Educators Protest Barresi’s State of Education Address
2,500 education officials are taking part in the second day of the Oklahoma education convention known as Innovation 2011 at the Cox Convention Center in downtown Oklahoma City.
The convention kicked off yesterday with newly elected Superintendent Janet Barresi giving her first State of Education address.
Barresi has been under fire recently because of cuts made to the agency.
State Superintendent Janet Barresi admits she had to make some tough choices when the legislature cut nearly $100 million from her budget.
But, she also tells attendees of Innovation 2011 that she is committed to the three “R”s of Rethink, Restructure and Reform which she unveiled a few months ago.
One of her agenda items for the future of education is a need to push more science, technology, engineering and math in the classroom.
“It is only through preparing our students with proficiencies in areas like statistics, data analysis, technical reading and so on, that they’ll actually be ready to compete for jobs in the new knowledge economy of the 21st century.”
Barresi is considering the past legislative session a success with the passage of bills to end Trial de Novo, create an “A” through “F” grading scale for schools, and provide tax breaks for private school scholarships.
Another bill pushed by Barresi and Governor Fallin ends the social promotion of third graders who can’t read.
“It’s about ensuring that those students are identified early in pre-kindergarten and kindergarten, so by the time they reach the third grade they’re not frustrated, they’re not struggling.”
Outside the Cox Convention Center, about 35 students, teachers and parents from all over Oklahoma are protesting the work Barresi has done in the past six months since taking office.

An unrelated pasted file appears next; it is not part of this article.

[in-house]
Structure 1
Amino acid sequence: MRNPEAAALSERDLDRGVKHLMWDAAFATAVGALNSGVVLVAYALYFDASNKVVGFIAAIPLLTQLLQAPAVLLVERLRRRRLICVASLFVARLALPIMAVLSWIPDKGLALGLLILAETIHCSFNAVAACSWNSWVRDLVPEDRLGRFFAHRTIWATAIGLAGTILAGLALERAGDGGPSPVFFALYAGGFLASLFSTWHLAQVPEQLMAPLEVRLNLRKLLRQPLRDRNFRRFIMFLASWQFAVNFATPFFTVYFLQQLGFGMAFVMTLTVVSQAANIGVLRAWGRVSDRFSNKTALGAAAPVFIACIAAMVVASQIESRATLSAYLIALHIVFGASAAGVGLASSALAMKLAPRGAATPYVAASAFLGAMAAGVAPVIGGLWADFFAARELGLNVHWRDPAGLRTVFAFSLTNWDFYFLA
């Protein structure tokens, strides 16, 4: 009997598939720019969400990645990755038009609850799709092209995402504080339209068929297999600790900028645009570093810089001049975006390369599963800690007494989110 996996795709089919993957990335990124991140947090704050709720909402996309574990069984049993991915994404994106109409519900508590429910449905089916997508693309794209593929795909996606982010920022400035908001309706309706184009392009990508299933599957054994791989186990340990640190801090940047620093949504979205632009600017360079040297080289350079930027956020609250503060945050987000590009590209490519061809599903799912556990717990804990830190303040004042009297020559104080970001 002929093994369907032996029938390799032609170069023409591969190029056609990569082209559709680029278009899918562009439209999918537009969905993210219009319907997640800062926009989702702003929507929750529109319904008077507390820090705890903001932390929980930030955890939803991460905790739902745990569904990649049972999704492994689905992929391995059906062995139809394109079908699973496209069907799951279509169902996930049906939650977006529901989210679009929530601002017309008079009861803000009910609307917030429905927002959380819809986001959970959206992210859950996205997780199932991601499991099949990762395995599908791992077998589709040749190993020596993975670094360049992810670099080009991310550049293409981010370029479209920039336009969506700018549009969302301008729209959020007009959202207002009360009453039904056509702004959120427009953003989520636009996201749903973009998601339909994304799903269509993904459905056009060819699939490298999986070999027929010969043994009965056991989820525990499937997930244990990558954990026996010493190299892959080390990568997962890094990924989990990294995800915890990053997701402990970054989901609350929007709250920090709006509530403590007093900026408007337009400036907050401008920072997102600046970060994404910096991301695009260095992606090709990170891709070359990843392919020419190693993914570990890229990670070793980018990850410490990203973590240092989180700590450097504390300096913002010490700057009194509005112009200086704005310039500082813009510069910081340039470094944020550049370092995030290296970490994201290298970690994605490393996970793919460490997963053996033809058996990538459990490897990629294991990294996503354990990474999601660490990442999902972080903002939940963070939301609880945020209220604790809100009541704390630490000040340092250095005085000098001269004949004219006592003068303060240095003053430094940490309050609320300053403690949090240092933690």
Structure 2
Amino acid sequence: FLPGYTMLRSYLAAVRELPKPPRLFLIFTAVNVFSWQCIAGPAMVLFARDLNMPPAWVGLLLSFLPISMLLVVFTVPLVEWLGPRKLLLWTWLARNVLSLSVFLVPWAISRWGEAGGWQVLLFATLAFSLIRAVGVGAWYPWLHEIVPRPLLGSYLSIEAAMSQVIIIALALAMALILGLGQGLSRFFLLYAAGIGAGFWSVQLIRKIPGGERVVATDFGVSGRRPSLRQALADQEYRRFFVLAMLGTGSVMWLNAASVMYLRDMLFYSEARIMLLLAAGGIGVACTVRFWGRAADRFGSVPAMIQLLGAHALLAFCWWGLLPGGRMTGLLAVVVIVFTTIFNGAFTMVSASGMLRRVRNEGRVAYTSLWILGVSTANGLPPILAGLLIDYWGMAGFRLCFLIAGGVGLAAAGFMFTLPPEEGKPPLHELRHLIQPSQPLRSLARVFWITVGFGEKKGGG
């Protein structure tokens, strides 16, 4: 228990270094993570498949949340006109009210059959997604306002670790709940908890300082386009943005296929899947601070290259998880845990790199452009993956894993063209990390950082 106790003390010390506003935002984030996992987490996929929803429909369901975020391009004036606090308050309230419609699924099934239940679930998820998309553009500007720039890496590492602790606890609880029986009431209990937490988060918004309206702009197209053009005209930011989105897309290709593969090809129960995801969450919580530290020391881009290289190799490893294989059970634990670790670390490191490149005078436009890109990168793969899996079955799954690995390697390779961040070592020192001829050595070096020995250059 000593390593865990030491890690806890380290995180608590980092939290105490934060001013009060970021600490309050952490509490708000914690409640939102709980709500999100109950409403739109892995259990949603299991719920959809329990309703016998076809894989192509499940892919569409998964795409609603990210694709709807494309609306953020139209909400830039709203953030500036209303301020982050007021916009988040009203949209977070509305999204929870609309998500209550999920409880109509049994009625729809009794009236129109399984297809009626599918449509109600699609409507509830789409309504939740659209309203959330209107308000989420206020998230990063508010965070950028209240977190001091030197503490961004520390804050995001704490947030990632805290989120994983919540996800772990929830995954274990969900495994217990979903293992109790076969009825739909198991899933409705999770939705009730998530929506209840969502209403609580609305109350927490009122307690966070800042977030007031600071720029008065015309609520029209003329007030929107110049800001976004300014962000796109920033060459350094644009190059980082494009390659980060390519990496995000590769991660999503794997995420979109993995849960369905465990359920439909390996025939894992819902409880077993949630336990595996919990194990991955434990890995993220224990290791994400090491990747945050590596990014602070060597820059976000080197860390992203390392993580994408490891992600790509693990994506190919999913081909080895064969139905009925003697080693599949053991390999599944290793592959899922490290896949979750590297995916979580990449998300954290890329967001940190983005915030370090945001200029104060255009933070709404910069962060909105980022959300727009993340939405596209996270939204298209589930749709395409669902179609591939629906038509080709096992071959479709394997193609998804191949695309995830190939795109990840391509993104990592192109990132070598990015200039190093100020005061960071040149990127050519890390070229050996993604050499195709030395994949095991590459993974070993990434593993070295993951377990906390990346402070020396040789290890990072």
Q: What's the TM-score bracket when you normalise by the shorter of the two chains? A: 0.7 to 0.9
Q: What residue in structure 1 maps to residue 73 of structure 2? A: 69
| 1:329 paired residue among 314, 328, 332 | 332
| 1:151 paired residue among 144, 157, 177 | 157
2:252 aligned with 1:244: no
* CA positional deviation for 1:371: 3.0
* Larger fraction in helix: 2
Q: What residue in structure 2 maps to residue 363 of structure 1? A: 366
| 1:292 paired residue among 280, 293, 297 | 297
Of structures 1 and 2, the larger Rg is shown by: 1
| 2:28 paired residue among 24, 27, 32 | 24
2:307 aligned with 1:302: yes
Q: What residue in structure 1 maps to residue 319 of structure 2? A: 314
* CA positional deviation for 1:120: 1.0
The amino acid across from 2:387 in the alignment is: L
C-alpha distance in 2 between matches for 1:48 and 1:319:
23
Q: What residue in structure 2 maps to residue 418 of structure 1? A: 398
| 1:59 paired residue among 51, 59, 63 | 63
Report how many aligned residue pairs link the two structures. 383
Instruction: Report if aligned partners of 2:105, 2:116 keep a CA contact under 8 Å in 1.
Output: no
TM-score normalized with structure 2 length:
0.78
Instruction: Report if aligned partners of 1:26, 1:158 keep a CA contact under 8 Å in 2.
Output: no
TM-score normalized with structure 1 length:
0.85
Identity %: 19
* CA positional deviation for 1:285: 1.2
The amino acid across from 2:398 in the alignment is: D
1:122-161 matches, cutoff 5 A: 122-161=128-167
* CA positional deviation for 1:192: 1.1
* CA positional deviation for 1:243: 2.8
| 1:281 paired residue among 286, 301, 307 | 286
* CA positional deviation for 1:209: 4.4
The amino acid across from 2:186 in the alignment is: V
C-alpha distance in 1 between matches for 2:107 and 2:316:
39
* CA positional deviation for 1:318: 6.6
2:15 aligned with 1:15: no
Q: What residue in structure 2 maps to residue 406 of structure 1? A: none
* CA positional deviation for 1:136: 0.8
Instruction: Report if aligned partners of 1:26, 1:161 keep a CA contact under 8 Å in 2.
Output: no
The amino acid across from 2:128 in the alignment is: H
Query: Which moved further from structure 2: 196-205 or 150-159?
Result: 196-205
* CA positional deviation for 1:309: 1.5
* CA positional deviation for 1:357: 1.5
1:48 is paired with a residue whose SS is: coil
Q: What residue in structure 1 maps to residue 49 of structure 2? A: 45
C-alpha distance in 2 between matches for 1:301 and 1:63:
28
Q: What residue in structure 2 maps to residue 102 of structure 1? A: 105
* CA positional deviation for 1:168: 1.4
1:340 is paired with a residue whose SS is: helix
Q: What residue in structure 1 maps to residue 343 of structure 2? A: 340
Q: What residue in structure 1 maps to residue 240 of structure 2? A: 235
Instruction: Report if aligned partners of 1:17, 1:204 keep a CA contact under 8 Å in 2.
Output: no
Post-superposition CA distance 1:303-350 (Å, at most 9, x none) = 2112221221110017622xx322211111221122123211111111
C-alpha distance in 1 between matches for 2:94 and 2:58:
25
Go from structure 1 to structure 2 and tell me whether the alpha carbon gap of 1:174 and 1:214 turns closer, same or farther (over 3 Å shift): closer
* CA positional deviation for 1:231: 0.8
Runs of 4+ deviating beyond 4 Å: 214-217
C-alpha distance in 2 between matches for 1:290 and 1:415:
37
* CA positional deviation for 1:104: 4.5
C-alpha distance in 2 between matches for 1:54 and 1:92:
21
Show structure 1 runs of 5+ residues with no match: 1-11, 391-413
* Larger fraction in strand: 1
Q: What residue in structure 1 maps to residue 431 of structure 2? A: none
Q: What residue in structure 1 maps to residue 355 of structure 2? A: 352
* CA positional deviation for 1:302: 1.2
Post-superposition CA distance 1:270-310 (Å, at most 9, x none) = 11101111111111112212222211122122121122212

They hold signs saying things like “Save Our Schools” and “Barresi is Wrong”.
National Board Certified Teacher Elise Robillard says the group is getting the attention of the public because they need to know what’s happening in education.
“We want Oklahomans to raise their awareness of this we need them to be reading the articles to be asking the questions, to go and talk with their local principal or superintendent or school board member and find out just how bad it really is.”
Robillard criticizes Barresi for cutting funding for nationally board certified teachers, advanced placement and great expectations.
She also says the social promotion bill is bad policy when it comes to promoting reading.
“So now third grade reading test: high stakes. And then she turns around and she cuts the budget for literacy first which is about literacy in the elementary grades. One can only conclude she’s either grossly incompetent or dangerously threatening to education.”
Barresi did reach out to her opponents during her State of Education address saying she pledges to try and find common ground to overcome the challenges the agency could be facing for many years.
The education conference comes to an end in downtown Oklahoma City this afternoon at 1:30.